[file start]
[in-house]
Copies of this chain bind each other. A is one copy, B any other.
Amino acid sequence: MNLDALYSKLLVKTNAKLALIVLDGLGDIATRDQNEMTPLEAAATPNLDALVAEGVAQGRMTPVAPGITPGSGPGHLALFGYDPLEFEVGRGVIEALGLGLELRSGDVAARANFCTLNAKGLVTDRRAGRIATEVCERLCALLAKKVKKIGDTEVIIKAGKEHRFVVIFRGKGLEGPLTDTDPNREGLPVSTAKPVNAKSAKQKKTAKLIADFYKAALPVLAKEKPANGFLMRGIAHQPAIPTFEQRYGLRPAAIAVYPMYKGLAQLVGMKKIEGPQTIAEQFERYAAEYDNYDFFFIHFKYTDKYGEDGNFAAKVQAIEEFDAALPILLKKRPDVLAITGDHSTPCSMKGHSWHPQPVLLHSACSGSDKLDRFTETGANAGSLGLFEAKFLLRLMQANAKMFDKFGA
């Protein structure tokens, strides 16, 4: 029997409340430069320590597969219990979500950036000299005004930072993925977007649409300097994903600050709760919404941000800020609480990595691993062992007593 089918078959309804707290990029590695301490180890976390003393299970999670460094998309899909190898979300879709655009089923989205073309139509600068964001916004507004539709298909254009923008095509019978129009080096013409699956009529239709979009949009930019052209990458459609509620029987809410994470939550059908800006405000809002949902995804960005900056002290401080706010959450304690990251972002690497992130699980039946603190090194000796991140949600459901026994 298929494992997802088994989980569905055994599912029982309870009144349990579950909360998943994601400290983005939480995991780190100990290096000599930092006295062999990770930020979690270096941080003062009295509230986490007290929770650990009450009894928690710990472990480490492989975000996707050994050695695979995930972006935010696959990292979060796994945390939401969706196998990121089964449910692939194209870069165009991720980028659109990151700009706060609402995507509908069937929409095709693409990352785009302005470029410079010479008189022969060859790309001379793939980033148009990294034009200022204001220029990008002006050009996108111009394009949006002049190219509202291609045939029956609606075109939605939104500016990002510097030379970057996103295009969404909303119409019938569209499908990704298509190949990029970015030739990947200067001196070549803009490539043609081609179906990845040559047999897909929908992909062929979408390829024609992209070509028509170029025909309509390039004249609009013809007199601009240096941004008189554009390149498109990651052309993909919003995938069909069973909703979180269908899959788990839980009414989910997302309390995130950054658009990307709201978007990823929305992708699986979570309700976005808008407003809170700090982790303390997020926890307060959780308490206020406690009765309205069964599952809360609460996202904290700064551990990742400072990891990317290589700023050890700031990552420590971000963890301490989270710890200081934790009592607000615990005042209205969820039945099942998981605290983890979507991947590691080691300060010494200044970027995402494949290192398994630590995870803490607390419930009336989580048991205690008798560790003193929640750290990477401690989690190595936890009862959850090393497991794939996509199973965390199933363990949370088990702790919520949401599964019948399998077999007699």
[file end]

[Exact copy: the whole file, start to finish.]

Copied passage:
[in-house]
Copies of this chain bind each other. A is one copy, B any other.
Amino acid sequence: MNLDALYSKLLVKTNAKLALIVLDGLGDIATRDQNEMTPLEAAATPNLDALVAEGVAQGRMTPVAPGITPGSGPGHLALFGYDPLEFEVGRGVIEALGLGLELRSGDVAARANFCTLNAKGLVTDRRAGRIATEVCERLCALLAKKVKKIGDTEVIIKAGKEHRFVVIFRGKGLEGPLTDTDPNREGLPVSTAKPVNAKSAKQKKTAKLIADFYKAALPVLAKEKPANGFLMRGIAHQPAIPTFEQRYGLRPAAIAVYPMYKGLAQLVGMKKIEGPQTIAEQFERYAAEYDNYDFFFIHFKYTDKYGEDGNFAAKVQAIEEFDAALPILLKKRPDVLAITGDHSTPCSMKGHSWHPQPVLLHSACSGSDKLDRFTETGANAGSLGLFEAKFLLRLMQANAKMFDKFGA
């Protein structure tokens, strides 16, 4: 029997409340430069320590597969219990979500950036000299005004930072993925977007649409300097994903600050709760919404941000800020609480990595691993062992007593 089918078959309804707290990029590695301490180890976390003393299970999670460094998309899909190898979300879709655009089923989205073309139509600068964001916004507004539709298909254009923008095509019978129009080096013409699956009529239709979009949009930019052209990458459609509620029987809410994470939550059908800006405000809002949902995804960005900056002290401080706010959450304690990251972002690497992130699980039946603190090194000796991140949600459901026994 298929494992997802088994989980569905055994599912029982309870009144349990579950909360998943994601400290983005939480995991780190100990290096000599930092006295062999990770930020979690270096941080003062009295509230986490007290929770650990009450009894928690710990472990480490492989975000996707050994050695695979995930972006935010696959990292979060796994945390939401969706196998990121089964449910692939194209870069165009991720980028659109990151700009706060609402995507509908069937929409095709693409990352785009302005470029410079010479008189022969060859790309001379793939980033148009990294034009200022204001220029990008002006050009996108111009394009949006002049190219509202291609045939029956609606075109939605939104500016990002510097030379970057996103295009969404909303119409019938569209499908990704298509190949990029970015030739990947200067001196070549803009490539043609081609179906990845040559047999897909929908992909062929979408390829024609992209070509028509170029025909309509390039004249609009013809007199601009240096941004008189554009390149498109990651052309993909919003995938069909069973909703979180269908899959788990839980009414989910997302309390995130950054658009990307709201978007990823929305992708699986979570309700976005808008407003809170700090982790303390997020926890307060959780308490206020406690009765309205069964599952809360609460996202904290700064551990990742400072990891990317290589700023050890700031990552420590971000963890301490989270710890200081934790009592607000615990005042209205969820039945099942998981605290983890979507991947590691080691300060010494200044970027995402494949290192398994630590995870803490607390419930009336989580048991205690008798560790003193929640750290990477401690989690190595936890009862959850090393497991794939996509199973965390199933363990949370088990702790919520949401599964019948399998077999007699």